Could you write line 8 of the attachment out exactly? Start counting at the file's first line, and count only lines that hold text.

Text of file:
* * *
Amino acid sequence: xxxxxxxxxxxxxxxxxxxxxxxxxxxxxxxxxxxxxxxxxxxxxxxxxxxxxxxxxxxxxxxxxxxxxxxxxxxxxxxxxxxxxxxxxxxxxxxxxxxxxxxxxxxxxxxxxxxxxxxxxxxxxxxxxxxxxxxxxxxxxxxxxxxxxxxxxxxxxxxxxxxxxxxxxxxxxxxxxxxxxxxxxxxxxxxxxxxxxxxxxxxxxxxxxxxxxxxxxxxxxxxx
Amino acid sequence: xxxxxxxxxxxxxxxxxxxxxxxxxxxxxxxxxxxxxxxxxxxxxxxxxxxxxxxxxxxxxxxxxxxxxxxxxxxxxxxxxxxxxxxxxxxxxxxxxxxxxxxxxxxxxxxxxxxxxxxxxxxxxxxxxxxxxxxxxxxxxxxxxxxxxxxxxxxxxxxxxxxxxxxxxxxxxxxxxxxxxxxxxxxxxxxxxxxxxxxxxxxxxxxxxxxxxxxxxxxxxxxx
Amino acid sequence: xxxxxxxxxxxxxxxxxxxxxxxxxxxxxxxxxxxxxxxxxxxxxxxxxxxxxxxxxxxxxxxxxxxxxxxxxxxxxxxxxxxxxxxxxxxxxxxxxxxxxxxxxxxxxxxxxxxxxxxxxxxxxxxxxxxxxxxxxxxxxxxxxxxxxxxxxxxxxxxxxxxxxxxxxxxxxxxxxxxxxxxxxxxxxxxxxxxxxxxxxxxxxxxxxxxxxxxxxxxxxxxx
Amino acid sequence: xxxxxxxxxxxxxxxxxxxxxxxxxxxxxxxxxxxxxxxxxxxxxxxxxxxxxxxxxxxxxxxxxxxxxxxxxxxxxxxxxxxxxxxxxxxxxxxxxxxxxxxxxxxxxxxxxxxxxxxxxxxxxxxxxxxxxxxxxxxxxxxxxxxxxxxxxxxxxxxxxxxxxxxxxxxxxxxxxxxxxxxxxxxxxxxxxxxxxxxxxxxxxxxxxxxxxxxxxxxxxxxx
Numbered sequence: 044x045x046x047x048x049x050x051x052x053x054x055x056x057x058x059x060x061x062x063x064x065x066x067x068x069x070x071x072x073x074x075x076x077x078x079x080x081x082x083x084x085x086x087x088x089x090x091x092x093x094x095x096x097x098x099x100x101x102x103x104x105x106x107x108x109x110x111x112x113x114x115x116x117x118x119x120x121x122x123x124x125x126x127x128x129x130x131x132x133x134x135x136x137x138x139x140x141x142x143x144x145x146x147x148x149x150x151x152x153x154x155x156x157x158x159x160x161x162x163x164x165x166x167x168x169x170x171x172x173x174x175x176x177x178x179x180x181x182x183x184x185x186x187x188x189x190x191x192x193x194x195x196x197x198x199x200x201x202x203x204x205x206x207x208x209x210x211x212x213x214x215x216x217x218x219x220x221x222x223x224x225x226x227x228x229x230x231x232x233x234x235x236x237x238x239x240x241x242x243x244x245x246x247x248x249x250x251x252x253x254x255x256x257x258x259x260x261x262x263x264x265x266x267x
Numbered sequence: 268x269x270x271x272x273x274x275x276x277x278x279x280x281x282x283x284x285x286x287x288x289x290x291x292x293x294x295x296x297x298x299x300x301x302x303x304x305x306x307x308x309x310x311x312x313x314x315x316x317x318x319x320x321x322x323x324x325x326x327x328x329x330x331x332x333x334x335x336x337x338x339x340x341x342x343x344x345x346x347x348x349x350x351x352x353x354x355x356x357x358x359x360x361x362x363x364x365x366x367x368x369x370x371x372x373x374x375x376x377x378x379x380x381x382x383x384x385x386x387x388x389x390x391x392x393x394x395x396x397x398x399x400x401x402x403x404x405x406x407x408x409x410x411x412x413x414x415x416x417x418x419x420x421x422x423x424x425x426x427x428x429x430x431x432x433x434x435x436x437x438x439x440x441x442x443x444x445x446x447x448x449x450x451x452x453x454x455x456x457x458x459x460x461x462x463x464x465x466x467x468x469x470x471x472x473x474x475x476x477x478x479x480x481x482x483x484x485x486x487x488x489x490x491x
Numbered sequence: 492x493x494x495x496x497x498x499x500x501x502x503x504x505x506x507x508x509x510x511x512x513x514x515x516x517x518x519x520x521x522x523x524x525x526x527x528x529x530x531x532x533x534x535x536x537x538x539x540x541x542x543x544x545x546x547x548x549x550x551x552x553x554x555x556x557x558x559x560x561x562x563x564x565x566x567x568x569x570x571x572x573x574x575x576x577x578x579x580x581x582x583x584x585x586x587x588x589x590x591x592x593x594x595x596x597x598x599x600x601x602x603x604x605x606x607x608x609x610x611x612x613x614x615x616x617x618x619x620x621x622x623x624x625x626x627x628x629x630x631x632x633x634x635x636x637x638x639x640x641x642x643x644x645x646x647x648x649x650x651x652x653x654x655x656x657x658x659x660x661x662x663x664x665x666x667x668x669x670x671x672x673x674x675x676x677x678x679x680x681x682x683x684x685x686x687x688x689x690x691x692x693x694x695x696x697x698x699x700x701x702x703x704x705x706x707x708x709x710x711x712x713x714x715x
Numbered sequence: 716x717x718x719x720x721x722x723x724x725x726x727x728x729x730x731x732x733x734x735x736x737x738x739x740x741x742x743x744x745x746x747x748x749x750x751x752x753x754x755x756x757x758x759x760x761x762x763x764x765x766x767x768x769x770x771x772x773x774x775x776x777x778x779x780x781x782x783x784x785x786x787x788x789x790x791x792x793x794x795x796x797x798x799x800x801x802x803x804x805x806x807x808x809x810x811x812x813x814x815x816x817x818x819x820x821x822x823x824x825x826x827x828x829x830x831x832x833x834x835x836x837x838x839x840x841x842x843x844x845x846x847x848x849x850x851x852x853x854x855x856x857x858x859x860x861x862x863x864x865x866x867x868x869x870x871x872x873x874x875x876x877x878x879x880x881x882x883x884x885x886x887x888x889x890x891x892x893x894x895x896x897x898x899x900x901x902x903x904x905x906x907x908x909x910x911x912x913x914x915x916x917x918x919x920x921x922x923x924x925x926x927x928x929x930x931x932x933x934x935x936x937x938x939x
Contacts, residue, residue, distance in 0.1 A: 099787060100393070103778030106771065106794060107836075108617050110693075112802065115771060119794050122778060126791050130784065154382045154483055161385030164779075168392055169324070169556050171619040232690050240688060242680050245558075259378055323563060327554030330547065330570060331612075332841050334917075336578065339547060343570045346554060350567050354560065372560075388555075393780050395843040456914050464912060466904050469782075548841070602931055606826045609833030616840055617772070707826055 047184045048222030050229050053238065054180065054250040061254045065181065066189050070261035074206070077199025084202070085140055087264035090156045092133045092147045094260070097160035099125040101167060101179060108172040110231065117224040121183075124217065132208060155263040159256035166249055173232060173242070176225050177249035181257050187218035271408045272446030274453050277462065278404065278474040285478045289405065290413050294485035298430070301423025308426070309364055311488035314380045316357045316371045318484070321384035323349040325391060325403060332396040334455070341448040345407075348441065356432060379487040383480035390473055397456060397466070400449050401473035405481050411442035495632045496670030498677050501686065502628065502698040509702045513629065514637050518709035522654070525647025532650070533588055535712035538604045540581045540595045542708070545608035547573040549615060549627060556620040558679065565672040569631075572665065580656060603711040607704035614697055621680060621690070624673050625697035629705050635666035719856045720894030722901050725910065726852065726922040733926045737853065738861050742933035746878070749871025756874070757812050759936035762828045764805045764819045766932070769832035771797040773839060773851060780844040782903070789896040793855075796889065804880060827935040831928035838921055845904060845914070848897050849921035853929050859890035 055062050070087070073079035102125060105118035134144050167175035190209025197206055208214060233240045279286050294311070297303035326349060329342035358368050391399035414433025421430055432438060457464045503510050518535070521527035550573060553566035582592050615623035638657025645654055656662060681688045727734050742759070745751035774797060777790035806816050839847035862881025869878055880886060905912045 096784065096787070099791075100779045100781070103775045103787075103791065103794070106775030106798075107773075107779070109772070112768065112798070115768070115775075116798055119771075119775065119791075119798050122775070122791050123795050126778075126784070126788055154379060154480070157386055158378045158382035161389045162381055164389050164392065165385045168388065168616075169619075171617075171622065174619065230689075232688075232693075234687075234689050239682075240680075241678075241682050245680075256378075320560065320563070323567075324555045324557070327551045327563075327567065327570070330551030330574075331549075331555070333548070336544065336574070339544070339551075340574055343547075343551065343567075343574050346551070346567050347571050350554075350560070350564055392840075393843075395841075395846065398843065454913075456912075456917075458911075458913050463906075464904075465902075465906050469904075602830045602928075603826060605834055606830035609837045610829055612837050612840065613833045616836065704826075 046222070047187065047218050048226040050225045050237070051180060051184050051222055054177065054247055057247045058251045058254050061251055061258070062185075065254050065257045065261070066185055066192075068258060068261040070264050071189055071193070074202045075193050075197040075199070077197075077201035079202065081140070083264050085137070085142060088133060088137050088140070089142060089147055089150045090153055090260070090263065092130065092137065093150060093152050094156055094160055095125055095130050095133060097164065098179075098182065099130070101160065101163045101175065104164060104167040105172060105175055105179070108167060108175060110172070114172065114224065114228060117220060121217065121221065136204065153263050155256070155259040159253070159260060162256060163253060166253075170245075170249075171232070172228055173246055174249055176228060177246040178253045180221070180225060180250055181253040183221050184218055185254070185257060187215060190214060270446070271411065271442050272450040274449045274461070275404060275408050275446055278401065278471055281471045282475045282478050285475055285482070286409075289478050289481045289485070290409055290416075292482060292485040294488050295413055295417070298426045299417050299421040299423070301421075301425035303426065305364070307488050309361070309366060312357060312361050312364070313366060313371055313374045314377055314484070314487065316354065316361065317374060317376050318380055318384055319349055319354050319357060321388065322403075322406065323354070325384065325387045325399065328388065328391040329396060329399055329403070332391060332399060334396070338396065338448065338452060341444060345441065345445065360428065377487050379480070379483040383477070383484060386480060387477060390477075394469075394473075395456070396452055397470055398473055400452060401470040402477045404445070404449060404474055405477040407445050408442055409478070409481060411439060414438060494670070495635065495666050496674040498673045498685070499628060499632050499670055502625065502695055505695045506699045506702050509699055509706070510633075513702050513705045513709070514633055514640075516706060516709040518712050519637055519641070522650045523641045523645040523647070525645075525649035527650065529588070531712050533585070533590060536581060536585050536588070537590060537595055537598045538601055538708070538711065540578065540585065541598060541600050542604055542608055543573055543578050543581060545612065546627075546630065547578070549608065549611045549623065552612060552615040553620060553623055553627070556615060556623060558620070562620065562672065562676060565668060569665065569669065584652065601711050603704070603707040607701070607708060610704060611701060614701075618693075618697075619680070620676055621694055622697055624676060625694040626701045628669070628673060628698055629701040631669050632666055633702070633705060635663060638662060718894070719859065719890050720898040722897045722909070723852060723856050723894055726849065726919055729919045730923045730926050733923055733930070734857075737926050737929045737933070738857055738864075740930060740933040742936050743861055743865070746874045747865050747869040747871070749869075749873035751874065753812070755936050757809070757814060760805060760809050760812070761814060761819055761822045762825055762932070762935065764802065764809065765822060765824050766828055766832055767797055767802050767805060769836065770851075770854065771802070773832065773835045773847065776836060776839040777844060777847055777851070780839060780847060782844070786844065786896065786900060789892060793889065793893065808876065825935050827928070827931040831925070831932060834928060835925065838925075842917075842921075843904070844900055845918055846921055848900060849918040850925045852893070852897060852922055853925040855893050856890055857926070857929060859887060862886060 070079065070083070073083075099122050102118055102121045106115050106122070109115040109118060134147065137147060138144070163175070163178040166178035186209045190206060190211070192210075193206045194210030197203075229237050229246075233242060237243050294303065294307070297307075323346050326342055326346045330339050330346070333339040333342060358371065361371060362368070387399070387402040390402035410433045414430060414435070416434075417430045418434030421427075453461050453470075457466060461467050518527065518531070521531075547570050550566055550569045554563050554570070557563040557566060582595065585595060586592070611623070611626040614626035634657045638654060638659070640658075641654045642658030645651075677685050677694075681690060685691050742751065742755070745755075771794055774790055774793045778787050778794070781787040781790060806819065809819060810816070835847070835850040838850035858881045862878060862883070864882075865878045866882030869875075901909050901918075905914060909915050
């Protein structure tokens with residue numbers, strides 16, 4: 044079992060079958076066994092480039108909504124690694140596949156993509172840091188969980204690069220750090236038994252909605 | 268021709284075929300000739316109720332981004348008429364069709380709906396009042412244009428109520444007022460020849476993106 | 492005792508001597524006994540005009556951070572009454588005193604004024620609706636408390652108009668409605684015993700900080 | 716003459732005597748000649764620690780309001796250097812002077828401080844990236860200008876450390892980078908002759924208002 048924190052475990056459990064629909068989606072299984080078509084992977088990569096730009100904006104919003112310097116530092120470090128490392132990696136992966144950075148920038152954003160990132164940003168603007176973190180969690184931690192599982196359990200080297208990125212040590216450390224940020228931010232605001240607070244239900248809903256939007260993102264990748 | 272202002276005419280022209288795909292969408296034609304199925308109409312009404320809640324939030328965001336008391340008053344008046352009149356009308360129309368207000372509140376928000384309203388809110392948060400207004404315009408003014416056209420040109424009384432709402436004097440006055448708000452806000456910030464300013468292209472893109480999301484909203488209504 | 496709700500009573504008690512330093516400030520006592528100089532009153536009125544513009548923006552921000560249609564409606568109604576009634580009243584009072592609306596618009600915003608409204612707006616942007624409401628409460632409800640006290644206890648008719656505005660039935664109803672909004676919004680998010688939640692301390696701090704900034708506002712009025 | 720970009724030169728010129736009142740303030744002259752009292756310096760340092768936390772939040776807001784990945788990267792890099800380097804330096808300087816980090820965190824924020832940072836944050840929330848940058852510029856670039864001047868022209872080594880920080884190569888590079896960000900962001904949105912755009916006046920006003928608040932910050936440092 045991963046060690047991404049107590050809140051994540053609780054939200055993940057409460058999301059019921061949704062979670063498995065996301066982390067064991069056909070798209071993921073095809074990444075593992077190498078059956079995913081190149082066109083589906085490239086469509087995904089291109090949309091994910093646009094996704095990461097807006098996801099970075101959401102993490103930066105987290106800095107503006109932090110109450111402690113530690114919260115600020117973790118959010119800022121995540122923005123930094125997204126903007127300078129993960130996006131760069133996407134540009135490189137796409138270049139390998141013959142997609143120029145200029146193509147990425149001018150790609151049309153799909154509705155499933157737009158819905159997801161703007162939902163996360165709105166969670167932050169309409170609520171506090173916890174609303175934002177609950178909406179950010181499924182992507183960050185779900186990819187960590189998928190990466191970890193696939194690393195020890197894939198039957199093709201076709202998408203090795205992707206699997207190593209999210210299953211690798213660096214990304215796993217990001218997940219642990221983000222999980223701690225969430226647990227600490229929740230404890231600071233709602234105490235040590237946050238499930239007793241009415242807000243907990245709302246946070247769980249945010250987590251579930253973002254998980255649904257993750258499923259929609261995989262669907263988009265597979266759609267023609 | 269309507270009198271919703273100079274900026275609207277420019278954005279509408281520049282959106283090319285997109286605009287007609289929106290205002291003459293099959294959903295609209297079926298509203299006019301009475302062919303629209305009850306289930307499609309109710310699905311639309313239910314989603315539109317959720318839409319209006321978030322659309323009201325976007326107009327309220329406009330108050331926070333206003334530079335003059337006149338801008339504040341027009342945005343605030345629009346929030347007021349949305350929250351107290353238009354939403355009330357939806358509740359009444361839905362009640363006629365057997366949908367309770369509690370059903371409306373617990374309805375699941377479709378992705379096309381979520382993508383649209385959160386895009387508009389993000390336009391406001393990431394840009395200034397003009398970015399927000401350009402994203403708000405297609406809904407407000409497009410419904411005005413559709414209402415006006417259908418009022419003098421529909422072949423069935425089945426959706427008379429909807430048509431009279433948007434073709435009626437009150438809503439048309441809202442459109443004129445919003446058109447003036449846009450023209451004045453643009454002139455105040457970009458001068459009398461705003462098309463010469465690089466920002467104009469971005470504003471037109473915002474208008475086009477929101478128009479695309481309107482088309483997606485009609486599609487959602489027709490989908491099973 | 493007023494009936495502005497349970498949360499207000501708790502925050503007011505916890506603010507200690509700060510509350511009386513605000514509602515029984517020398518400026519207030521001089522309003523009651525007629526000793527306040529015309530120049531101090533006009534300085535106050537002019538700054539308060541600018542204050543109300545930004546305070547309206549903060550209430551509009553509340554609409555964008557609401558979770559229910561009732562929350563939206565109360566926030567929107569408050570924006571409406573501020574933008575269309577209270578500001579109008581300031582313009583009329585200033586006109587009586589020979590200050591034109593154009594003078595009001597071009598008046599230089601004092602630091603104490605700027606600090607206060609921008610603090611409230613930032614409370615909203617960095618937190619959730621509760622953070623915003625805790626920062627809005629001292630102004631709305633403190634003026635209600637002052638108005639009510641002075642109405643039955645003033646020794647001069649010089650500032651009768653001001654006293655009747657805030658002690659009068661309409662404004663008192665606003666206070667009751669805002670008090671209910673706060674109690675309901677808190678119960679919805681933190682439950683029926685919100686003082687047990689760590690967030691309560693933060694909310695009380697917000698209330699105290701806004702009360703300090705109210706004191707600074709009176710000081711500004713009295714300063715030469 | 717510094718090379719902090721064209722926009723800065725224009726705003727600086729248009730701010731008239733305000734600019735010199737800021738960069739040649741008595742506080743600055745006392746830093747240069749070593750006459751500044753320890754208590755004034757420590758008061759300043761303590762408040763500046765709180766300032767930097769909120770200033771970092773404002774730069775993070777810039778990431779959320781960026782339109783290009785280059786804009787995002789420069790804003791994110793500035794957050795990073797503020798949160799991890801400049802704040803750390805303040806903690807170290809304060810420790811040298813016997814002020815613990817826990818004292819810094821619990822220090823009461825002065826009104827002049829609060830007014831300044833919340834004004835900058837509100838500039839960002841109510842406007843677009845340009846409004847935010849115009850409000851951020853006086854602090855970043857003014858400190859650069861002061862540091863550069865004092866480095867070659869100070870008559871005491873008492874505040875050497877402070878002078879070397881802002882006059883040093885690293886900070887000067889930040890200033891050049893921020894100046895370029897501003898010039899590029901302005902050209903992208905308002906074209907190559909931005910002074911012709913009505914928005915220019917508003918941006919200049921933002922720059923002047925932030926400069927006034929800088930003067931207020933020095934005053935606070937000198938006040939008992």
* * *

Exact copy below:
Numbered sequence: 716x717x718x719x720x721x722x723x724x725x726x727x728x729x730x731x732x733x734x735x736x737x738x739x740x741x742x743x744x745x746x747x748x749x750x751x752x753x754x755x756x757x758x759x760x761x762x763x764x765x766x767x768x769x770x771x772x773x774x775x776x777x778x779x780x781x782x783x784x785x786x787x788x789x790x791x792x793x794x795x796x797x798x799x800x801x802x803x804x805x806x807x808x809x810x811x812x813x814x815x816x817x818x819x820x821x822x823x824x825x826x827x828x829x830x831x832x833x834x835x836x837x838x839x840x841x842x843x844x845x846x847x848x849x850x851x852x853x854x855x856x857x858x859x860x861x862x863x864x865x866x867x868x869x870x871x872x873x874x875x876x877x878x879x880x881x882x883x884x885x886x887x888x889x890x891x892x893x894x895x896x897x898x899x900x901x902x903x904x905x906x907x908x909x910x911x912x913x914x915x916x917x918x919x920x921x922x923x924x925x926x927x928x929x930x931x932x933x934x935x936x937x938x939x